Brett said his most formative job after college was a two-year period in New Jersey working at Happiness is Camping for childhood cancer patients and survivors. That was where he got the bug to teach and decided to return to school to become certified as a teacher.
Last year, Brett was selected to participate in a Fulbright Research trip to Rwanda, where he spent a month studying how educational structures and systems were used to rebuild the country following the 1994 genocide. It was also an opportunity to compare learning strategies and exchange ideas with educators from around the metro and throughout Africa.
He loves attending concerts and watches “more movies than is reasonable.” He enjoys outdoor activities, including camping, hiking, and bicycling. He also loves to read.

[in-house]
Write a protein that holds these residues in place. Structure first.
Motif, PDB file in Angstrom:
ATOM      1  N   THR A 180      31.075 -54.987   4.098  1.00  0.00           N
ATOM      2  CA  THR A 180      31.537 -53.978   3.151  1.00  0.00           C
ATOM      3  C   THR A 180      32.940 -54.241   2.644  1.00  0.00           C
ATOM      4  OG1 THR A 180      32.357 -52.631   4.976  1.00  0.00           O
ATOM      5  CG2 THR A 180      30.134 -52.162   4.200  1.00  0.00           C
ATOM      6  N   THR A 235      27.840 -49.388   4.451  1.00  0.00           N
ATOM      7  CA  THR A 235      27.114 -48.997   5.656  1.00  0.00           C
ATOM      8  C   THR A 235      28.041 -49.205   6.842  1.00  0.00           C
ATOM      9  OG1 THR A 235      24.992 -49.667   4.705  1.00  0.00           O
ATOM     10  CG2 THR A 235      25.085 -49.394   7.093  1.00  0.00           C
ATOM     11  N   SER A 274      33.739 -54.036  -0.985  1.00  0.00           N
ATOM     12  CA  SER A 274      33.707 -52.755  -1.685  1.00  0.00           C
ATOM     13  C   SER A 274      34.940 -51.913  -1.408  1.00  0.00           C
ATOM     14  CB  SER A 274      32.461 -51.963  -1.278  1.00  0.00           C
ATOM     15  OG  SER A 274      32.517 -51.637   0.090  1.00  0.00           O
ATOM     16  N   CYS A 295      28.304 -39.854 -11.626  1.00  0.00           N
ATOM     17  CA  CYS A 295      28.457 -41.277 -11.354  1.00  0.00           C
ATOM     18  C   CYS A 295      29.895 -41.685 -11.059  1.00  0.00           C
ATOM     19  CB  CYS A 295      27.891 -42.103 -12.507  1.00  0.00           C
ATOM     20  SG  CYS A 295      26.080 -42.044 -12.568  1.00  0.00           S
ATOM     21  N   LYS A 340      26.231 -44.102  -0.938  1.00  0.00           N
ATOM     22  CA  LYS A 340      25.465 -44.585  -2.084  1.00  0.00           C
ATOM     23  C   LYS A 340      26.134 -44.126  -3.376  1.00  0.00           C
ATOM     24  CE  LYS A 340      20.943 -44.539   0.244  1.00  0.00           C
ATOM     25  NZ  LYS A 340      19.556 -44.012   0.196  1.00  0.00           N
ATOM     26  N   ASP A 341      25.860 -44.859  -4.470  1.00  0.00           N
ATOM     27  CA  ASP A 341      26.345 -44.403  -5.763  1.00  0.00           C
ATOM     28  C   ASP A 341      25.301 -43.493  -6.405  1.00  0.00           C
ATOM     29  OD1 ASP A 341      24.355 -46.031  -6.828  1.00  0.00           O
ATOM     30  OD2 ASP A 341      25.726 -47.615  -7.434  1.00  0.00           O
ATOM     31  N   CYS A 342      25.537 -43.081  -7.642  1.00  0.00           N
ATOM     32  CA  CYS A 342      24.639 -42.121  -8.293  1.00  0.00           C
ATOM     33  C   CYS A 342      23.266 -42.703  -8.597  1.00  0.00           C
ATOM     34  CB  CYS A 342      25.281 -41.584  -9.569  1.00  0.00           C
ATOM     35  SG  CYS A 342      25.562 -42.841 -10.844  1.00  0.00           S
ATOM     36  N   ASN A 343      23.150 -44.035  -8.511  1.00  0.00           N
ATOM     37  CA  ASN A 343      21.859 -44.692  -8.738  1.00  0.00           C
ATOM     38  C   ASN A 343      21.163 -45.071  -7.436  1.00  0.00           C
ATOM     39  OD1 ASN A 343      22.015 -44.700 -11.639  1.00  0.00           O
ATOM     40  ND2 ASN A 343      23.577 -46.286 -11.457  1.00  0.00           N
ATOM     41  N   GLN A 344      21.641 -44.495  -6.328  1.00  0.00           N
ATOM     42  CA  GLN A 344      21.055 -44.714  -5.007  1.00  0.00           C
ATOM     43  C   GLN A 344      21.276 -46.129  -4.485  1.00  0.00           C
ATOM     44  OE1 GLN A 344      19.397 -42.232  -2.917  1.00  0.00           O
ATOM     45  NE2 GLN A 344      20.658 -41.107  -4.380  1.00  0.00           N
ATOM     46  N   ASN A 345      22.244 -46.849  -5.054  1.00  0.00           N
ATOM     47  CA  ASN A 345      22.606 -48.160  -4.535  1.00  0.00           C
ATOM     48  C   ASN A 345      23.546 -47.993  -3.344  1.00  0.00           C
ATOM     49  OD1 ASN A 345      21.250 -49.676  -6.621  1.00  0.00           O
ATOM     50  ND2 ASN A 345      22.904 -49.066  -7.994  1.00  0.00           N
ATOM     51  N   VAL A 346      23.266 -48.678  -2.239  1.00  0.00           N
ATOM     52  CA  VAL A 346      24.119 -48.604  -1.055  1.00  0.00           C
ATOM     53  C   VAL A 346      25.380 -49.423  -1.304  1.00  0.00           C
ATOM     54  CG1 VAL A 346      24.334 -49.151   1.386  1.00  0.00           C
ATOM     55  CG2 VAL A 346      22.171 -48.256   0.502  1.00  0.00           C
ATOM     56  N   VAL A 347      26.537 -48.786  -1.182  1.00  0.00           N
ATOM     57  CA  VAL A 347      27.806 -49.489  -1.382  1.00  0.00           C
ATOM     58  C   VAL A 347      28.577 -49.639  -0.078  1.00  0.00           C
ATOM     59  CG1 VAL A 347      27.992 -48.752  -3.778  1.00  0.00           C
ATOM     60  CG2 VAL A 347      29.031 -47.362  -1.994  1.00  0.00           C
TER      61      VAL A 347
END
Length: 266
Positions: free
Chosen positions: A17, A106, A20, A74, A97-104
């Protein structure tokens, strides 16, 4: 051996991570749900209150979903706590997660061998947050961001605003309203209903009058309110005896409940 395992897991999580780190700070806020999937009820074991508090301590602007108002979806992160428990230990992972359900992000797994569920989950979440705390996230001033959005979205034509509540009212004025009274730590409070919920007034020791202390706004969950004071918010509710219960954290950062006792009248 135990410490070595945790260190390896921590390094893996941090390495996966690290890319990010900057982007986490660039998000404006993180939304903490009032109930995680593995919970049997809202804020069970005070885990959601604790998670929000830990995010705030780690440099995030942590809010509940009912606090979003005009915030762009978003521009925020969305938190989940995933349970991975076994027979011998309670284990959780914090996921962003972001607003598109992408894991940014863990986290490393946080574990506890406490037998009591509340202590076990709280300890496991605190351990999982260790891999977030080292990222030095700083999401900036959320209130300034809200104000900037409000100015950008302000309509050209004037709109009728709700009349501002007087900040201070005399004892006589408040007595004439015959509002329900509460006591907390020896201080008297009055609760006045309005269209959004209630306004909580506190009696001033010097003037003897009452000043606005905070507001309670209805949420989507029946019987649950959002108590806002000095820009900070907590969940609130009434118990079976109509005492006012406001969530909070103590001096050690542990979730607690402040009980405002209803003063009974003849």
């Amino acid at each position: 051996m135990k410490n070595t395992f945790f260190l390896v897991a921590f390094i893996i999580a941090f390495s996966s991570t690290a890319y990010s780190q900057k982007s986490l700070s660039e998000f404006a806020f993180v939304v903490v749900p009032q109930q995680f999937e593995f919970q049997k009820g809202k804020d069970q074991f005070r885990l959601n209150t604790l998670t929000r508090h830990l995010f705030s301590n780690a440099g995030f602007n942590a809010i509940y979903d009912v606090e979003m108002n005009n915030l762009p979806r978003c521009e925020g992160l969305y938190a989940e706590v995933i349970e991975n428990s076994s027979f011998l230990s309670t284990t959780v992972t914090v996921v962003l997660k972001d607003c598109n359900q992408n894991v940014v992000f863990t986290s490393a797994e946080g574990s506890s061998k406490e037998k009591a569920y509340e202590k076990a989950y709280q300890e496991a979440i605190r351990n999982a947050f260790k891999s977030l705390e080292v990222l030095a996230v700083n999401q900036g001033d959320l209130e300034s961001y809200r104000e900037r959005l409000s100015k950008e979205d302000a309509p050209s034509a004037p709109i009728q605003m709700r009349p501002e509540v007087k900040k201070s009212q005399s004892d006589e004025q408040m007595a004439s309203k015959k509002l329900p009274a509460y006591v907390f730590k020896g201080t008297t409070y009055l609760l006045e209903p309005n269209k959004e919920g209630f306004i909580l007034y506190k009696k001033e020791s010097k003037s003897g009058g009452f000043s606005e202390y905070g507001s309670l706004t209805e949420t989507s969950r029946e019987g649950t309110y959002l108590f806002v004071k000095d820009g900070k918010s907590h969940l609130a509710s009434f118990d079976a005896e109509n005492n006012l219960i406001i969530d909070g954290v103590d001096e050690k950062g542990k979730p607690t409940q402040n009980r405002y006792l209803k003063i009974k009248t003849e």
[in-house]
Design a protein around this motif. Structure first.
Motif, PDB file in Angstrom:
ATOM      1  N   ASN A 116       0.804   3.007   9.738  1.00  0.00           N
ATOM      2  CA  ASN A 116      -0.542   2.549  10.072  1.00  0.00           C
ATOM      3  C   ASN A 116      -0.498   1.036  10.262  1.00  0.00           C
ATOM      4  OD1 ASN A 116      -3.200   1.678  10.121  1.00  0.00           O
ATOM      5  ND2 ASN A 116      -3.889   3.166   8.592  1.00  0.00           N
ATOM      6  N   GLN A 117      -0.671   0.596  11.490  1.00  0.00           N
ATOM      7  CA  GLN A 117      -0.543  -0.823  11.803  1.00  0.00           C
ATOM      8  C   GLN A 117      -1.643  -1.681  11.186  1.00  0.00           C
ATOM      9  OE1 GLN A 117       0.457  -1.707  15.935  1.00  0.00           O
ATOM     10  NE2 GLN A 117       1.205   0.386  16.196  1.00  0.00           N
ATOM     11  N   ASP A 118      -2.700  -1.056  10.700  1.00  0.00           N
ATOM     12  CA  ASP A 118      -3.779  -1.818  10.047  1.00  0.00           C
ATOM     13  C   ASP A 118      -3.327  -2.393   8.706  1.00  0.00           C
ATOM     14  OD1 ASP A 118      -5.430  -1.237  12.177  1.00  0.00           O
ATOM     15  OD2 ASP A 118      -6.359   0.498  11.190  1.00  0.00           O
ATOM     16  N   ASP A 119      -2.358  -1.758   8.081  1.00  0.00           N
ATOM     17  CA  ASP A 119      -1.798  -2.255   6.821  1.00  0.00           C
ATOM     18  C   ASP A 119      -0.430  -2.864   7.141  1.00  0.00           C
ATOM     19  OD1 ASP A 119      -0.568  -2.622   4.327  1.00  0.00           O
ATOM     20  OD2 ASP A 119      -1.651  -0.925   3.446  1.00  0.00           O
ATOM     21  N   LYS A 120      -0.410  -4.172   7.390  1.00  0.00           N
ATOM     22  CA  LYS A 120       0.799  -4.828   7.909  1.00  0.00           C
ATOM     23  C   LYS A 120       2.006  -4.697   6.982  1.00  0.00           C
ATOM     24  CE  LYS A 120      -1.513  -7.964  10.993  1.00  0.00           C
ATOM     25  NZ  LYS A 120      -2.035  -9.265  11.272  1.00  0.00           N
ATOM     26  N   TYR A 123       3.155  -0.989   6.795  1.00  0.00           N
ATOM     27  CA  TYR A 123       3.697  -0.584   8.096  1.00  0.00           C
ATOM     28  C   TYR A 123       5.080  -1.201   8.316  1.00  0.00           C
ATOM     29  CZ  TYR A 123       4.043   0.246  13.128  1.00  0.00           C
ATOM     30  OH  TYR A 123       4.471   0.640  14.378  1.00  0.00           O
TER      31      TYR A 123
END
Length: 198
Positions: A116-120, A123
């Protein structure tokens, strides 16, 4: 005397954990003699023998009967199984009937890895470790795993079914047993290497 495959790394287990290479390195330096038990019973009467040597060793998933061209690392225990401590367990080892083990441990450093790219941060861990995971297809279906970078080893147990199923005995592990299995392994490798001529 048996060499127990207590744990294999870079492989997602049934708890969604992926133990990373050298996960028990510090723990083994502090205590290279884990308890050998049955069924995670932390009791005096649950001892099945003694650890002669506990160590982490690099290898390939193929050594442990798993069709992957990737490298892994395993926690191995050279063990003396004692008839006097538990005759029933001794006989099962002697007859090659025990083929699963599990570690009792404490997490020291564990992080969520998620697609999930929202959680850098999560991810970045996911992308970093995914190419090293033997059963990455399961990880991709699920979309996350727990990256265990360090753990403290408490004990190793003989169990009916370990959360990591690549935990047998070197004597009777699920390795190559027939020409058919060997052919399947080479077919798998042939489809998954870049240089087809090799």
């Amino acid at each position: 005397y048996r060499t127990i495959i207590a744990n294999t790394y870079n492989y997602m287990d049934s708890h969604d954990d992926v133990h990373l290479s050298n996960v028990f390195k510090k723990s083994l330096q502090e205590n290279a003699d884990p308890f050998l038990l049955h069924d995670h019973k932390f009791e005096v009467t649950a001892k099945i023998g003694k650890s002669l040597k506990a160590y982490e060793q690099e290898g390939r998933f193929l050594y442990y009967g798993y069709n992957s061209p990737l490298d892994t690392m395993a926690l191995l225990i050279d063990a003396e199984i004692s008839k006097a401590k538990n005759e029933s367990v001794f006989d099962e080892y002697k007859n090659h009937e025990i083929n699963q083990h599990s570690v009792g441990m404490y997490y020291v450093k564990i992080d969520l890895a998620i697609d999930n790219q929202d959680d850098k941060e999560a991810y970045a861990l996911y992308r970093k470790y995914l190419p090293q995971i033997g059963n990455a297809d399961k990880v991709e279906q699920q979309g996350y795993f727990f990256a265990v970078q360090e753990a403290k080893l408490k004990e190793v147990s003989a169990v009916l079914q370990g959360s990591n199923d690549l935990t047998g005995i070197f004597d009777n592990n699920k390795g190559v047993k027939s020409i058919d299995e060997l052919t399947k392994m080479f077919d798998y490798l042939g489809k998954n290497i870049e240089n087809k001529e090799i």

He was nominated by Parent Kim McCauley:
“He is very kind and supportive and pushes all of his students to be their best. His love of English and literature is truly inspirational to his students. He sends regular email updates to the students and parents. These include a lot of helpful information and guidelines about their current projects, and allows parents to remain in the loop. Not typical at the high school level, but something we very much appreciate. His love for what he is doing is reflected in his teaching style and the amount of time and effort he puts into every aspect of his job. Writing is such an important skill that these students will use for the rest of their lives.”
From Principal Steven Miller:
“Mr. Beneke is an exceptional teacher who is dearly loved and respected by his students. He makes every effort to reach out to each and every one of his students so as to form connections with them on a personal level - thereby giving him an opportunity continually encourage their emotional and educational growth.”